In this black-and-white horror, two men are on a desolate island maintaining a lighthouse. When a great storm delays departure, their guiding light dims. The low key lighting shows us growing distrust for one another. As their sanity slips, impending doom awaits in the shadows.

Sin City (2005)

Low key lighting in Sin City

This is a great example of low key lighting in film. The stark contrast and deep blacks reflect the sinister motives of gritty characters. Just like the comic book, action, and suspense fills every frame of this groundbreaking Neo-Noir.

Chernobyl (2019) 

Chernobyl

The Chernobyl series uses low-key lighting to showcase the darkest human behavior. The government went to great lengths to shield themselves from shame by concealing information. As a result, innocent people lost their lives and many more suffered. The visual style deepens the emotional impact of the real events depicted.

Breaking Bad (2008)

Low key lighting in Breaking Bad

Walter White was the ultimate Anti-hero. Creator Vince Gilligan’s logline for Breaking Bad was to turn Mr. Chips (gentle schoolteacher) into Scarface. Some of the most intense scenes of walking this path were guided by low key lighting. Watch this dynamic interaction with Mike unfold below.

Why Use Low Key Lighting?

First off, there are many reasons to use low key lighting. Mostly, the technique enhances the drama of any story. More is happening than what the viewer is shown. After all, more is expressed through shadows than through light.

To help define the look, ask yourself simple questions: What is the tone of the scene?  What are the key aspects of the frame? What are the motives of the character?

Moreover, set design with low light is a bit easier than high key lighting.  Largely because unwanted details can hide in the shadows. In turn, equipment costs are low and setup time is fast.

Uses for Low key lighting in film:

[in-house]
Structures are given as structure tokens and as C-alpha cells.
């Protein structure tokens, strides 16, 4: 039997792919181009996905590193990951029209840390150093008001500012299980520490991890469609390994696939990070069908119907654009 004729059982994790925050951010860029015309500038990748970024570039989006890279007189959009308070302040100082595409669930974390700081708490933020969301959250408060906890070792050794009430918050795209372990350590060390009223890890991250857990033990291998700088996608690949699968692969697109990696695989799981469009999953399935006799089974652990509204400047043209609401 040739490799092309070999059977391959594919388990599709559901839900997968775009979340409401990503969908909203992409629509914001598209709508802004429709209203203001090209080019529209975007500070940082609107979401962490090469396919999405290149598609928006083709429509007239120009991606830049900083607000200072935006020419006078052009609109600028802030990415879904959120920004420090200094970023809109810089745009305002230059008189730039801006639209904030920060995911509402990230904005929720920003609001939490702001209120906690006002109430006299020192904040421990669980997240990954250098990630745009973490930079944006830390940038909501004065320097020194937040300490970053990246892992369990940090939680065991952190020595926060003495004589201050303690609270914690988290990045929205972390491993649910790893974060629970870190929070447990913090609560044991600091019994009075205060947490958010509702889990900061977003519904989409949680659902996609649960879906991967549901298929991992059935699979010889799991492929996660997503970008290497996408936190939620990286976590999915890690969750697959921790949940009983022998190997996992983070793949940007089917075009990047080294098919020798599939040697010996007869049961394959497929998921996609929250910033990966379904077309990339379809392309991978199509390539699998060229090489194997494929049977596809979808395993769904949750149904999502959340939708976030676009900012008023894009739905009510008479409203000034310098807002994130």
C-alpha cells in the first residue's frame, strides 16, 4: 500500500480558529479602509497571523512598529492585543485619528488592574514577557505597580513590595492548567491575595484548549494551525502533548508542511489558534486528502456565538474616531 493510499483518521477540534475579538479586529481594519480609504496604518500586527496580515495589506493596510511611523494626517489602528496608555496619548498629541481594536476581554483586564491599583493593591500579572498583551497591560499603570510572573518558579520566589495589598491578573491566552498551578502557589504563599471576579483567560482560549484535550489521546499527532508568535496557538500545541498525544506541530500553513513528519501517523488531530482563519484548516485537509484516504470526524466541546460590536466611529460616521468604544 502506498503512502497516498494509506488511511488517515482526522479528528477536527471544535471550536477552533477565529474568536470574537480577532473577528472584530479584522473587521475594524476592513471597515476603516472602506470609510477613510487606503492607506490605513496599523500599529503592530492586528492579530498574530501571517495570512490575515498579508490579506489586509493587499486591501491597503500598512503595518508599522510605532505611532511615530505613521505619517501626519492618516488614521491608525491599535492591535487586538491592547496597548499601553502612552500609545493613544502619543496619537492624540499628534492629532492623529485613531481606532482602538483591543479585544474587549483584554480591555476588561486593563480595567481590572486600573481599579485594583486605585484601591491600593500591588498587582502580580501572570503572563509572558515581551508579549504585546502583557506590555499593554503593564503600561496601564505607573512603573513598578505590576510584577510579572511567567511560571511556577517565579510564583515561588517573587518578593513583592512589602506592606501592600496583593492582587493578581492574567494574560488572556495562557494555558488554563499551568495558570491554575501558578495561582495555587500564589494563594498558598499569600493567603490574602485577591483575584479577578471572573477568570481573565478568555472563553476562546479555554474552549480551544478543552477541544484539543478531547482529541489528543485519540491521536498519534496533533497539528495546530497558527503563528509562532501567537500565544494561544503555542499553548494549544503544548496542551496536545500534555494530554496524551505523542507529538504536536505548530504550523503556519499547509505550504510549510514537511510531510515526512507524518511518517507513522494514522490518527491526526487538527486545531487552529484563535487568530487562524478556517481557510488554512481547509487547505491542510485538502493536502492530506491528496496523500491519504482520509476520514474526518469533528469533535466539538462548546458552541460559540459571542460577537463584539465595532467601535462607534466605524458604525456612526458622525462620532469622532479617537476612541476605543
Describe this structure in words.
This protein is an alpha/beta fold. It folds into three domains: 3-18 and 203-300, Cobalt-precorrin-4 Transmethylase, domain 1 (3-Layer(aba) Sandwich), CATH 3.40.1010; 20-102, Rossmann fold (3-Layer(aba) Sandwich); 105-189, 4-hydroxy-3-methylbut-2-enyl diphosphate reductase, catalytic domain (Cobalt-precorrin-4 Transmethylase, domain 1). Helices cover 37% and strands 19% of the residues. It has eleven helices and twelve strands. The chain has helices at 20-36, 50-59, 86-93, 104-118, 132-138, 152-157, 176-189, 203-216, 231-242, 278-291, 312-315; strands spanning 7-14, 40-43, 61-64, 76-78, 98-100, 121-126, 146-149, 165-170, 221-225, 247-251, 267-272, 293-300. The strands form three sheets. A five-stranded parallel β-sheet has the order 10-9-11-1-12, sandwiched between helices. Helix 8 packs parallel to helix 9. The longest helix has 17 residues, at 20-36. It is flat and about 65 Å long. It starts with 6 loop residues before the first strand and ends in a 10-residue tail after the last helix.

• Create serious atmosphere
  • Add emotional depth
  • Increase dimension
  • Build suspense
  • Establish a good vs. evil theme
  • Foreshadowing
  • Dark human behavior
  • Create silhouette
  • Accentuate contours
  • Enhance body language
  • Create long shadows

As you can see, low key lighting is a powerful way to direct the viewer’s attention.

How To Use Low Key Lighting?

First, in order to get the maximum contrast, your light sources need to be completely controlled.

Second, pay close attention to ambient light and white walls. Due to their reflectiveness, limit or eliminate.

Shooting in front of a setting sun makes for great silhouette shots. In the same way, In addition, street lamps or car headlights create menacing shadows.

Furthermore, you can establish opposing forces by using high key lighting in one scene, then low key lighting in the next. Remember that the purpose of your first shot is to get your viewer to watch the next. The first act to the final.

Step-by-Step Guide

Follow the steps below to create a dramatic shot with high contrast and deep shadows.

  1. First off, inspect all the details of the frame, your goal is to avoid shooting near white walls and ceilings. If needed, tape Duvetyne or black trash bags to the surface for negative fill.